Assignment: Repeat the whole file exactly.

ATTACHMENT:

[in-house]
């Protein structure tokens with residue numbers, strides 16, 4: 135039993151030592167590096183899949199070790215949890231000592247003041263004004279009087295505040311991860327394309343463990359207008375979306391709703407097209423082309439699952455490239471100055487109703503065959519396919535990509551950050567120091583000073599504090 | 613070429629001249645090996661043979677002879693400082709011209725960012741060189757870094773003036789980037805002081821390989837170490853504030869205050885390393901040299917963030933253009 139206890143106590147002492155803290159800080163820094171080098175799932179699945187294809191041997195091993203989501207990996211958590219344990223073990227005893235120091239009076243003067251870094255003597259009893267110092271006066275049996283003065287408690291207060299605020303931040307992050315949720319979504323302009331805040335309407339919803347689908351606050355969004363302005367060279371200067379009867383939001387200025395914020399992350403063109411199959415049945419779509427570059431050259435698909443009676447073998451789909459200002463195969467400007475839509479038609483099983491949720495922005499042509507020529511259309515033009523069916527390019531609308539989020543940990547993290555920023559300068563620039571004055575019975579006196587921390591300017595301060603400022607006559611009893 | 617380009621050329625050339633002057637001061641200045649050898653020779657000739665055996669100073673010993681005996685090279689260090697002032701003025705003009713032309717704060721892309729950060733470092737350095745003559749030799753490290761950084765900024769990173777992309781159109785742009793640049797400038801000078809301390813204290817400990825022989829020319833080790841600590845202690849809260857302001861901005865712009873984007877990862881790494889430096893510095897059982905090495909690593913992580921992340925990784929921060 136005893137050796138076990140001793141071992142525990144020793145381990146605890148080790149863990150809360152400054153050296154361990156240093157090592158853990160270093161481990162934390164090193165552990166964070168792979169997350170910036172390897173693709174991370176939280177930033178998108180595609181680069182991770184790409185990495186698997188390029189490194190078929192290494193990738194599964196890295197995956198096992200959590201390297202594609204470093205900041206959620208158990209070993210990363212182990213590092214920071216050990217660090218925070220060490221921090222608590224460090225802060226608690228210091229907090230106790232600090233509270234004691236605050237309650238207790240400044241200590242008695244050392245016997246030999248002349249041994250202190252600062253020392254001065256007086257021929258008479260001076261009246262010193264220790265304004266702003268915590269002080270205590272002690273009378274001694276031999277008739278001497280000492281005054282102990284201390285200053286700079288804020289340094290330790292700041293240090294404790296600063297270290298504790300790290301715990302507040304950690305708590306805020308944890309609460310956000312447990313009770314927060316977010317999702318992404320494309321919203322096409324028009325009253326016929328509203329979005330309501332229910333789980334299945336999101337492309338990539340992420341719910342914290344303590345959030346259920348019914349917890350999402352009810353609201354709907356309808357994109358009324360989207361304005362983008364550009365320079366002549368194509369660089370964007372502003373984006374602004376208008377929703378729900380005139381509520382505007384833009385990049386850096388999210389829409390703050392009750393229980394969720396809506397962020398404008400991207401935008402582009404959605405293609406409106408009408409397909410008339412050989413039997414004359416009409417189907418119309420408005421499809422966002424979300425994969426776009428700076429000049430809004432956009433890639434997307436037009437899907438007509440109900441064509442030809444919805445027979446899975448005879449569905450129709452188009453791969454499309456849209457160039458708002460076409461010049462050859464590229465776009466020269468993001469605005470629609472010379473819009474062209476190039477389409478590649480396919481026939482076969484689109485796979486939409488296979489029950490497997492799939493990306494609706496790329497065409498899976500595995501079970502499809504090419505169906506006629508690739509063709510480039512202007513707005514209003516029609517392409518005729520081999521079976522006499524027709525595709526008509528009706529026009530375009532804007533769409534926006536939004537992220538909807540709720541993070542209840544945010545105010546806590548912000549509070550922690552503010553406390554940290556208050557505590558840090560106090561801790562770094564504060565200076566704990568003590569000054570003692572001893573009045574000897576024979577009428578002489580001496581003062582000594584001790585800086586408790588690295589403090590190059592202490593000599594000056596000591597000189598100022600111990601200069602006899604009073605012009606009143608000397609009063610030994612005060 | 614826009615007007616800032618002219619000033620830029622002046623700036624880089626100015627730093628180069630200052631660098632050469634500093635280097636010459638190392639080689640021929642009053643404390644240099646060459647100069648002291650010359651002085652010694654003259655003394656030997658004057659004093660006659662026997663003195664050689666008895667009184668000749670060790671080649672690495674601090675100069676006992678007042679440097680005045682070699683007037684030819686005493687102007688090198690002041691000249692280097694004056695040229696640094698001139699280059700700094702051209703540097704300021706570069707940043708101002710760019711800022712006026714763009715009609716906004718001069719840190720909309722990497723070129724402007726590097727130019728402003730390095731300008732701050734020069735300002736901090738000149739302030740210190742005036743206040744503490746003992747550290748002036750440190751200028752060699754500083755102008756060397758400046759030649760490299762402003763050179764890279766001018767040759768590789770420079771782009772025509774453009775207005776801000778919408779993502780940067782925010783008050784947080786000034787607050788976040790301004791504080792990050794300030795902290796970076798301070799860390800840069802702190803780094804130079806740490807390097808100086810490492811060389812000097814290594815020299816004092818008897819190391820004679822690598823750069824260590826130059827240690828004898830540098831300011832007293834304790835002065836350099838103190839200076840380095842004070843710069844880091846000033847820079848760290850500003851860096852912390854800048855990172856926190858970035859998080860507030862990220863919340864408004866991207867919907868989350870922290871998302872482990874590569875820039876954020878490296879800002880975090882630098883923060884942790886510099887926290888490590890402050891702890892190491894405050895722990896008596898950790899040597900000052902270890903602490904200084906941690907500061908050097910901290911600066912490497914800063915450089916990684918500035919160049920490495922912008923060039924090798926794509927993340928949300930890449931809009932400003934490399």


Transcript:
[in-house]
């Protein structure tokens with residue numbers, strides 16, 4: 135039993151030592167590096183899949199070790215949890231000592247003041263004004279009087295505040311991860327394309343463990359207008375979306391709703407097209423082309439699952455490239471100055487109703503065959519396919535990509551950050567120091583000073599504090 | 613070429629001249645090996661043979677002879693400082709011209725960012741060189757870094773003036789980037805002081821390989837170490853504030869205050885390393901040299917963030933253009 139206890143106590147002492155803290159800080163820094171080098175799932179699945187294809191041997195091993203989501207990996211958590219344990223073990227005893235120091239009076243003067251870094255003597259009893267110092271006066275049996283003065287408690291207060299605020303931040307992050315949720319979504323302009331805040335309407339919803347689908351606050355969004363302005367060279371200067379009867383939001387200025395914020399992350403063109411199959415049945419779509427570059431050259435698909443009676447073998451789909459200002463195969467400007475839509479038609483099983491949720495922005499042509507020529511259309515033009523069916527390019531609308539989020543940990547993290555920023559300068563620039571004055575019975579006196587921390591300017595301060603400022607006559611009893 | 617380009621050329625050339633002057637001061641200045649050898653020779657000739665055996669100073673010993681005996685090279689260090697002032701003025705003009713032309717704060721892309729950060733470092737350095745003559749030799753490290761950084765900024769990173777992309781159109785742009793640049797400038801000078809301390813204290817400990825022989829020319833080790841600590845202690849809260857302001861901005865712009873984007877990862881790494889430096893510095897059982905090495909690593913992580921992340925990784929921060 136005893137050796138076990140001793141071992142525990144020793145381990146605890148080790149863990150809360152400054153050296154361990156240093157090592158853990160270093161481990162934390164090193165552990166964070168792979169997350170910036172390897173693709174991370176939280177930033178998108180595609181680069182991770184790409185990495186698997188390029189490194190078929192290494193990738194599964196890295197995956198096992200959590201390297202594609204470093205900041206959620208158990209070993210990363212182990213590092214920071216050990217660090218925070220060490221921090222608590224460090225802060226608690228210091229907090230106790232600090233509270234004691236605050237309650238207790240400044241200590242008695244050392245016997246030999248002349249041994250202190252600062253020392254001065256007086257021929258008479260001076261009246262010193264220790265304004266702003268915590269002080270205590272002690273009378274001694276031999277008739278001497280000492281005054282102990284201390285200053286700079288804020289340094290330790292700041293240090294404790296600063297270290298504790300790290301715990302507040304950690305708590306805020308944890309609460310956000312447990313009770314927060316977010317999702318992404320494309321919203322096409324028009325009253326016929328509203329979005330309501332229910333789980334299945336999101337492309338990539340992420341719910342914290344303590345959030346259920348019914349917890350999402352009810353609201354709907356309808357994109358009324360989207361304005362983008364550009365320079366002549368194509369660089370964007372502003373984006374602004376208008377929703378729900380005139381509520382505007384833009385990049386850096388999210389829409390703050392009750393229980394969720396809506397962020398404008400991207401935008402582009404959605405293609406409106408009408409397909410008339412050989413039997414004359416009409417189907418119309420408005421499809422966002424979300425994969426776009428700076429000049430809004432956009433890639434997307436037009437899907438007509440109900441064509442030809444919805445027979446899975448005879449569905450129709452188009453791969454499309456849209457160039458708002460076409461010049462050859464590229465776009466020269468993001469605005470629609472010379473819009474062209476190039477389409478590649480396919481026939482076969484689109485796979486939409488296979489029950490497997492799939493990306494609706496790329497065409498899976500595995501079970502499809504090419505169906506006629508690739509063709510480039512202007513707005514209003516029609517392409518005729520081999521079976522006499524027709525595709526008509528009706529026009530375009532804007533769409534926006536939004537992220538909807540709720541993070542209840544945010545105010546806590548912000549509070550922690552503010553406390554940290556208050557505590558840090560106090561801790562770094564504060565200076566704990568003590569000054570003692572001893573009045574000897576024979577009428578002489580001496581003062582000594584001790585800086586408790588690295589403090590190059592202490593000599594000056596000591597000189598100022600111990601200069602006899604009073605012009606009143608000397609009063610030994612005060 | 614826009615007007616800032618002219619000033620830029622002046623700036624880089626100015627730093628180069630200052631660098632050469634500093635280097636010459638190392639080689640021929642009053643404390644240099646060459647100069648002291650010359651002085652010694654003259655003394656030997658004057659004093660006659662026997663003195664050689666008895667009184668000749670060790671080649672690495674601090675100069676006992678007042679440097680005045682070699683007037684030819686005493687102007688090198690002041691000249692280097694004056695040229696640094698001139699280059700700094702051209703540097704300021706570069707940043708101002710760019711800022712006026714763009715009609716906004718001069719840190720909309722990497723070129724402007726590097727130019728402003730390095731300008732701050734020069735300002736901090738000149739302030740210190742005036743206040744503490746003992747550290748002036750440190751200028752060699754500083755102008756060397758400046759030649760490299762402003763050179764890279766001018767040759768590789770420079771782009772025509774453009775207005776801000778919408779993502780940067782925010783008050784947080786000034787607050788976040790301004791504080792990050794300030795902290796970076798301070799860390800840069802702190803780094804130079806740490807390097808100086810490492811060389812000097814290594815020299816004092818008897819190391820004679822690598823750069824260590826130059827240690828004898830540098831300011832007293834304790835002065836350099838103190839200076840380095842004070843710069844880091846000033847820079848760290850500003851860096852912390854800048855990172856926190858970035859998080860507030862990220863919340864408004866991207867919907868989350870922290871998302872482990874590569875820039876954020878490296879800002880975090882630098883923060884942790886510099887926290888490590890402050891702890892190491894405050895722990896008596898950790899040597900000052902270890903602490904200084906941690907500061908050097910901290911600066912490497914800063915450089916990684918500035919160049920490495922912008923060039924090798926794509927993340928949300930890449931809009932400003934490399």